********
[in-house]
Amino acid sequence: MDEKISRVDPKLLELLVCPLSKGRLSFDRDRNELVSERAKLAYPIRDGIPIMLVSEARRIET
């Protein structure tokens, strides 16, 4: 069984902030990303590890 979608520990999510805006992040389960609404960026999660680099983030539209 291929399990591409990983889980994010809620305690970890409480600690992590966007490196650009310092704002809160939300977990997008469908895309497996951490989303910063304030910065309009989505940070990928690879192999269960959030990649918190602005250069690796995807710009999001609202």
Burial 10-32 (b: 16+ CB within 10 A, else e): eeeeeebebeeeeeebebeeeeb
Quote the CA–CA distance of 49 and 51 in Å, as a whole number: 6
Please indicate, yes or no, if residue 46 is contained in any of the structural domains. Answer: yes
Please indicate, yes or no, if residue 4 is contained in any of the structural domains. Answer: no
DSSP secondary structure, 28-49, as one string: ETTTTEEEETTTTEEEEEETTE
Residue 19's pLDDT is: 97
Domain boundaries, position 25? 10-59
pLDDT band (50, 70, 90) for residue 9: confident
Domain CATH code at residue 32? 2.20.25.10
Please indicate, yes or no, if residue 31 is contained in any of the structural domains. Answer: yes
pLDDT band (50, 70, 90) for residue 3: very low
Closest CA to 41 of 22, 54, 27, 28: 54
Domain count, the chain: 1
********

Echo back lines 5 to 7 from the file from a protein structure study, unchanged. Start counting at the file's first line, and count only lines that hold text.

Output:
Quote the CA–CA distance of 49 and 51 in Å, as a whole number: 6
Please indicate, yes or no, if residue 46 is contained in any of the structural domains. Answer: yes
Please indicate, yes or no, if residue 4 is contained in any of the structural domains. Answer: no